Category Archives: books

But How Do You Really Teach With Picture Books?

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2 days into the year and already we have shared 5 picture books.  Today I read How to Read A Story by the amazing Kate Messner 5 times as we discussed what we love and hate about reading.  As we discussed what makes a great reading experience.  As I invited my students to come on over, one boy clapped his hands, “Story time!” he said.  And not in a sarcastic 7th grade too-cool-for-school kind of way, but in the way that little kids say  it; excited to hear the story.  … Visit the author's original post

6 Simple Ideas to Get Kids to Read

recite-1afdwu0

Loving reading, loving books, being a reader, and finding your own books to share are central goals in our 7th grade English classroom.  And I spend every waking moment at times it seems trying to find ways for students to find that special book that will make them feel like they are a reader.  I spend hours planning, prepping, buying books, and yes, reading them to make sure that I am the best teacher possible for all of my many students. … Visit the author's original post

1st Grade Skype with Author Jonathan Emmett

Our first graders had a blast recently when they got to connect on Skype with author Jonathan Emmett in England.  The children had recently read one of Mr. Emmett’s books in their reading program about a duck named Ruby.  In order to share with Mr. Emmett how much they liked his story, each student created and wore a duck hat, and students created posters illustrating different scenes from the story.  During the call Mr. Emmett took some time to read This Way Ruby, one of his many books.… Visit the author's original post

Project „Byblos“ and Its’ Apps

Do you think it’s easy  to be a good  librarian in elementary school?

20141124_115909 20141014_125214 20141014_125220

A short test for you, especially  for the language teachers.  What would you do in the following situation:

Library. Buzzing like in the beehive. Students work assignments, talk, looking at the books. A 5th grade student come and ask:
– Give me the book „Adventures of Robinson Crusoe“, please.
– Here you are, dear.
– Wow, it is so big – she said.
– And just as boring – adds a student who works homework in the library.… Visit the author's original post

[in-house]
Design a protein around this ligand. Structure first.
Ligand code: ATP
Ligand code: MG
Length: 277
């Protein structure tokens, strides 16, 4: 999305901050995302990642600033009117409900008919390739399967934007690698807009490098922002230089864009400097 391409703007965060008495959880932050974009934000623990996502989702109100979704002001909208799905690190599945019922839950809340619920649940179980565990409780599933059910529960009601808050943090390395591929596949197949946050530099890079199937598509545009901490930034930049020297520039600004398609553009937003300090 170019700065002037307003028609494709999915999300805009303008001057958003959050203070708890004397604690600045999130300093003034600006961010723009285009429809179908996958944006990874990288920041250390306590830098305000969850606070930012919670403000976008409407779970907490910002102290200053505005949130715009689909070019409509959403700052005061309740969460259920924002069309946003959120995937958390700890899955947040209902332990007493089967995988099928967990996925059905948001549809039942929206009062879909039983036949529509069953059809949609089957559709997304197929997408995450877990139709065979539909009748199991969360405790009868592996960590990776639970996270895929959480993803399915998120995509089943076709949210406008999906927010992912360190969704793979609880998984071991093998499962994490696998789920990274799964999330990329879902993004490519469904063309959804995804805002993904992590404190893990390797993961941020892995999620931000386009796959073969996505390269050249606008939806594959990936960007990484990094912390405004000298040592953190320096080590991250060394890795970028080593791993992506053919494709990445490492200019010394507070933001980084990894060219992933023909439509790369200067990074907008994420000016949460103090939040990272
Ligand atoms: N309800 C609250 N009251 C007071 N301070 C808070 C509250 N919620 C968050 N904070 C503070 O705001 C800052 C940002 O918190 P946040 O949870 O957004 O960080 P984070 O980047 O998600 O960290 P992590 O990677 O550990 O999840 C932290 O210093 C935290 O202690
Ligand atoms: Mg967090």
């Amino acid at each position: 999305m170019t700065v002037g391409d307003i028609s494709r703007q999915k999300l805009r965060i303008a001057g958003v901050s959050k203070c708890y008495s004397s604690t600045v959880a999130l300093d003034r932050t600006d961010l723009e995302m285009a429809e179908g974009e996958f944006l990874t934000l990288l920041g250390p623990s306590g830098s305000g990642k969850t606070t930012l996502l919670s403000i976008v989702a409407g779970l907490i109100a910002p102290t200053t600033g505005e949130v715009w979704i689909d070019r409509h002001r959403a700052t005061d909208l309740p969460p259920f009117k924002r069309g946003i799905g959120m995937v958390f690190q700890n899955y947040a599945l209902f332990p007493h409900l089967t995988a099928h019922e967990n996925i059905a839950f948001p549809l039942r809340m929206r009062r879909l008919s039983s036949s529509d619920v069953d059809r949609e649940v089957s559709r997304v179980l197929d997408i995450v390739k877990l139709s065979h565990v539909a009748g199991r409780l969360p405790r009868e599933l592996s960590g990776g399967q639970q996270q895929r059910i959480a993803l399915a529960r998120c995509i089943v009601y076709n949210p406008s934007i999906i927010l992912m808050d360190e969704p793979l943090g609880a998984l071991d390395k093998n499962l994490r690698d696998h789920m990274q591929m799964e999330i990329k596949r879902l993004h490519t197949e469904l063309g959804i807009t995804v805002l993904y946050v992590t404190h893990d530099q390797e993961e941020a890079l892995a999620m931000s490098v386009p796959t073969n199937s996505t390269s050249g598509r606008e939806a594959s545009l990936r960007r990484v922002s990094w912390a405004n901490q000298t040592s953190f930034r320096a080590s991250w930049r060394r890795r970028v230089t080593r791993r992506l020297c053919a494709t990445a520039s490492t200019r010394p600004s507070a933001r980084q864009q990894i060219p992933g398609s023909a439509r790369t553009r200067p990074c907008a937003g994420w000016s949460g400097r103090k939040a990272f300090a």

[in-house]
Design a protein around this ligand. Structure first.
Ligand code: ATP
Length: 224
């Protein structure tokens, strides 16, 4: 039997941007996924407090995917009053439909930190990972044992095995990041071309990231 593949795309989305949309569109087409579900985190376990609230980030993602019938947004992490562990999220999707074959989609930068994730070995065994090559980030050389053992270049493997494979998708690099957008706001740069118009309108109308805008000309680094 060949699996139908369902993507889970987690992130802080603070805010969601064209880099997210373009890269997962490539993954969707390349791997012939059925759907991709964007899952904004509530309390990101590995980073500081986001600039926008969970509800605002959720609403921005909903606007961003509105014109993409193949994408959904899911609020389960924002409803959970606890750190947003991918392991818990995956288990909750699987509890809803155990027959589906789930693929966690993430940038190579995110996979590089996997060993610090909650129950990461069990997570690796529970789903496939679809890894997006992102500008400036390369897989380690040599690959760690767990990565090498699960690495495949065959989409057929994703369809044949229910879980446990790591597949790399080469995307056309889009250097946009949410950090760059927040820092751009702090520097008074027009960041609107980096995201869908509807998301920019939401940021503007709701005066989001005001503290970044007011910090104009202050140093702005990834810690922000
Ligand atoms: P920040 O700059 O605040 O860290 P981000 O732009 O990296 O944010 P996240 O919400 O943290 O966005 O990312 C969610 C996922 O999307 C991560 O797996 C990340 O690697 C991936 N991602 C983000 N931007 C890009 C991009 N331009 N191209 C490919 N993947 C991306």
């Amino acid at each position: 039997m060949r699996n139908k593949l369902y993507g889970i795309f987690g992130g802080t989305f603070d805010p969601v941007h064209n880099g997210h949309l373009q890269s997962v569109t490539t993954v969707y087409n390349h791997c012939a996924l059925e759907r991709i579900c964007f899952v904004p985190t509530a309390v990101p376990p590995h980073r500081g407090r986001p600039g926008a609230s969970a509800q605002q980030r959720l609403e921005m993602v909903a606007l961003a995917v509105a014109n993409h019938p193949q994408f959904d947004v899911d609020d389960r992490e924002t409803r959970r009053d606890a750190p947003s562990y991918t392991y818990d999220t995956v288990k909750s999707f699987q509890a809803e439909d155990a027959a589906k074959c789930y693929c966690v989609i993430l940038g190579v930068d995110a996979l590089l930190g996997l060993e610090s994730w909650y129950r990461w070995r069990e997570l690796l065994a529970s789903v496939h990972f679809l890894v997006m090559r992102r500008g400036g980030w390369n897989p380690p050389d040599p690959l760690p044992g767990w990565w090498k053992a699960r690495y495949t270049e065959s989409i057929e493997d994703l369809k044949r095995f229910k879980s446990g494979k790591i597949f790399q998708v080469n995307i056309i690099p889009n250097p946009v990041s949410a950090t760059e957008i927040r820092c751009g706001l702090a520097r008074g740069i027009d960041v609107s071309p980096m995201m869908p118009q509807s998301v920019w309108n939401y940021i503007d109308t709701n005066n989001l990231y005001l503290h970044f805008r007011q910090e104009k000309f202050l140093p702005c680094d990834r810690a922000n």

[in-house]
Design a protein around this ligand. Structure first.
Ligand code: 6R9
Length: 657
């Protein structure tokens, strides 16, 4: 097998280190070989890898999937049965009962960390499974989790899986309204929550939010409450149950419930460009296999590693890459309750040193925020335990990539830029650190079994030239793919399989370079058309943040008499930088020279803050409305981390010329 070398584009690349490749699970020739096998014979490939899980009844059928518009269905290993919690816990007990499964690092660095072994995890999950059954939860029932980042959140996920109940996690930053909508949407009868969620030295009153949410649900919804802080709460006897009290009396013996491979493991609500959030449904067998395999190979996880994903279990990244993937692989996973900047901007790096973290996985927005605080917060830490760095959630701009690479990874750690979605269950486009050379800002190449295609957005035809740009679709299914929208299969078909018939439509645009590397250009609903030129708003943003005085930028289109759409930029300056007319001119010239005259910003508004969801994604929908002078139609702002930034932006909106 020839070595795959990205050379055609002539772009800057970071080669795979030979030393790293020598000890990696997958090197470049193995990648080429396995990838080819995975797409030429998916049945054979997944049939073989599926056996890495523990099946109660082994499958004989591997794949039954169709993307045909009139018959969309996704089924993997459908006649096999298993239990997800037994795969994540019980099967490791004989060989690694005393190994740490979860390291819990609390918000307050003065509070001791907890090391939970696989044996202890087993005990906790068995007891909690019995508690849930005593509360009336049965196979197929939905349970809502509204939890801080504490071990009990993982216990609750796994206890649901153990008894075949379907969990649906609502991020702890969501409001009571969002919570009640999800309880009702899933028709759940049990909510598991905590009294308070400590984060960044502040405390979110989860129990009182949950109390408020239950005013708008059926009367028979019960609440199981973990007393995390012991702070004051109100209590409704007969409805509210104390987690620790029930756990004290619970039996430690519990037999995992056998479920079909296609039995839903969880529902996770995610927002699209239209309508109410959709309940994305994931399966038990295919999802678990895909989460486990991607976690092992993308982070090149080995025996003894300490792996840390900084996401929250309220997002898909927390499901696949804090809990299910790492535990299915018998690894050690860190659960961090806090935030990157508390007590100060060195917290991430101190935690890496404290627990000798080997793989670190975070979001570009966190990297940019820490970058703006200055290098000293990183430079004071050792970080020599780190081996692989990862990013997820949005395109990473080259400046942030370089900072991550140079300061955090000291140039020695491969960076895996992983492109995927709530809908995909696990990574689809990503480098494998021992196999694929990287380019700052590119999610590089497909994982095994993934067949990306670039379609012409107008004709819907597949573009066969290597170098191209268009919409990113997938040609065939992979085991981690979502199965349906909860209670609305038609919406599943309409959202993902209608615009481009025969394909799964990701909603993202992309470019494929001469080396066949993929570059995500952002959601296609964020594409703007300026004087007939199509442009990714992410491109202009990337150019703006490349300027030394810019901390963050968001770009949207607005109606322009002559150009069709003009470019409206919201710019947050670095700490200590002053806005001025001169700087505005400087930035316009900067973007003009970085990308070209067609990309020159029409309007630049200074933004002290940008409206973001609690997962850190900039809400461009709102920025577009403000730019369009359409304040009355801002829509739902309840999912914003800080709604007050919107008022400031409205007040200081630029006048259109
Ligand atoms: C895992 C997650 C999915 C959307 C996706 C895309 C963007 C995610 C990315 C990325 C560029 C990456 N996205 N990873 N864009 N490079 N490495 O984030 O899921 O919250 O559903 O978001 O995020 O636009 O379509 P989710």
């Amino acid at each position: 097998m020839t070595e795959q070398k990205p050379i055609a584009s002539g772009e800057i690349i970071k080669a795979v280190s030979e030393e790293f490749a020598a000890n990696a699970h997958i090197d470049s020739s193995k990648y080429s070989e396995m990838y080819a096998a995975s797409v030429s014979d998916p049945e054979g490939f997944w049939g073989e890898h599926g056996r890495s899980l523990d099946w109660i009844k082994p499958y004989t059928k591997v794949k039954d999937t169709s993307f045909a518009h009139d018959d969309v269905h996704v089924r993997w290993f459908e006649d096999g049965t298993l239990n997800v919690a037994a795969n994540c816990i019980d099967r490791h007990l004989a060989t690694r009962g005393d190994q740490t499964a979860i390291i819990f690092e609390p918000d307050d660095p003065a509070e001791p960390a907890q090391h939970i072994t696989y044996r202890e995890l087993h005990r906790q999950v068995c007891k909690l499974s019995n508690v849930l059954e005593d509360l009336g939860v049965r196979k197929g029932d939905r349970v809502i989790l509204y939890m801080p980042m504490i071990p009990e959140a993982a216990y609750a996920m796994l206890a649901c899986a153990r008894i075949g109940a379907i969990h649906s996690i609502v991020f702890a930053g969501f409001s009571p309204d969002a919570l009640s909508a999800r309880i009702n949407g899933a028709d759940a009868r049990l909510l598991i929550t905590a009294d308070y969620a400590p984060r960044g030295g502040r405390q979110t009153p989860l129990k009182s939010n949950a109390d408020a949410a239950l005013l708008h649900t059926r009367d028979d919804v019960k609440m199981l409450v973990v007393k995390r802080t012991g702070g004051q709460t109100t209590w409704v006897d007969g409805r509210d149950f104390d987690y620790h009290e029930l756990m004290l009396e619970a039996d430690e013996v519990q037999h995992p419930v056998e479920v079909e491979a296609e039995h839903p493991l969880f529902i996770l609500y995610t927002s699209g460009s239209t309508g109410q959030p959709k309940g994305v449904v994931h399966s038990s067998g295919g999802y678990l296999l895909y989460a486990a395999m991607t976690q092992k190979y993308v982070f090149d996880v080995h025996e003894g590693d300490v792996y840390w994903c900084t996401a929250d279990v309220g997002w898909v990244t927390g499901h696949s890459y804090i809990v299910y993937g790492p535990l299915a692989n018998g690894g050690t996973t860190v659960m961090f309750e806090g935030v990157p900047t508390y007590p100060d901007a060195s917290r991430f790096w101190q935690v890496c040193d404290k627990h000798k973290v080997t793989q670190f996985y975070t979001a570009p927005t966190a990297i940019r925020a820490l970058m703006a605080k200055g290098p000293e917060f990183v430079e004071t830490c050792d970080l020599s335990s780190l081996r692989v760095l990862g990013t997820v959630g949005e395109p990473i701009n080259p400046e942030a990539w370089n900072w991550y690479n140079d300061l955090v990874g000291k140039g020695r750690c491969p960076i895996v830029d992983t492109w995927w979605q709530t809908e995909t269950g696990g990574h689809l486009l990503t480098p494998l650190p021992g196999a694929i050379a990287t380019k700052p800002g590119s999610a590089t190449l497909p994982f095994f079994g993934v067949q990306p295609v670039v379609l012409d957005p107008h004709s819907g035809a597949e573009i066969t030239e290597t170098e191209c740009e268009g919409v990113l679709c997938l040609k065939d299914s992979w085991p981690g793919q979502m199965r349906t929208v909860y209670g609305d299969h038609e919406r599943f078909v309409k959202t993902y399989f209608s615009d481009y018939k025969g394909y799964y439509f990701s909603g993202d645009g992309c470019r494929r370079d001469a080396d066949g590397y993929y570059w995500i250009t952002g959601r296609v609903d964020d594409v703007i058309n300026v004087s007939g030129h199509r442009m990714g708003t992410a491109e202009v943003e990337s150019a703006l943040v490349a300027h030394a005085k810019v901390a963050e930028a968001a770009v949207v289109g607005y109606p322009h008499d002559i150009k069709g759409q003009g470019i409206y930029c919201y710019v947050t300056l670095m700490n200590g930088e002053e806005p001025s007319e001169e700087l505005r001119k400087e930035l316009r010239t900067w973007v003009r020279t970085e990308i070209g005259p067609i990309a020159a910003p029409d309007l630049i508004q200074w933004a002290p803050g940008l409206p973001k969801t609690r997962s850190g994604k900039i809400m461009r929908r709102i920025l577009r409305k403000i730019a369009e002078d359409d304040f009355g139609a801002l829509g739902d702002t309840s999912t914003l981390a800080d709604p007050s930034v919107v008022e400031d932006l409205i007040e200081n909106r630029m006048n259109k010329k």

Project „Byblos“ and Its’ Apps

Do you think it’s easy  to be a good  librarian in elementary school?

A short test for you, especially  for the language teachers.  What would you do in the following situation:

Library. Buzzing like in the beehive. Students work assignments, talk, looking at the books. A 5th grade student come and ask:
– Give me the book „Adventures of Robinson Crusoe“, please.
– Here you are, dear.
– Wow, it is so big – she said.
– And just as boring – adds a student who works homework in the library.… Visit the author's original post

Project „Byblos“ and Its’ Apps

Do you think it’s easy  to be a good  librarian in elementary school?

A short test for you, especially  for the language teachers.  What would you do in the following situation:

Library. Buzzing like in the beehive. Students work assignments, talk, looking at the books. A 5th grade student come and ask:
– Give me the book „Adventures of Robinson Crusoe“, please.
– Here you are, dear.
– Wow, it is so big – she said.
– And just as boring – adds a student who works homework in the library.… Visit the author's original post

Project „Byblos“ and Its’ Apps

Do you think it’s easy  to be a good  librarian in elementary school?

20141124_115909 20141014_125214 20141014_125220

A short test for you, especially  for the language teachers.  What would you do in the following situation:

Library. Buzzing like in the beehive. Students work assignments, talk, looking at the books. A 5th grade student come and ask:
– Give me the book „Adventures of Robinson Crusoe“, please.
– Here you are, dear.
– Wow, it is so big – she said.
– And just as boring – adds a student who works homework in the library.… Visit the author's original post

Why Book Clubs Suck And We Need to Talk About

image from icanread

I had meticulously made my lists.  I had thoughts of habits, tastes, personalities, reading preferences, pace and yes, even their assessment data.  I had scoured the book room, gone book shopping spending my own money and used most of my Scholastic points.  More than 50 choices awaited my students, I couldn’t wait to start book clubs.

So when I announced that today was the day they would know their book club groups, I had not planned for the groan of disapproval that met me.  … Visit the author's original post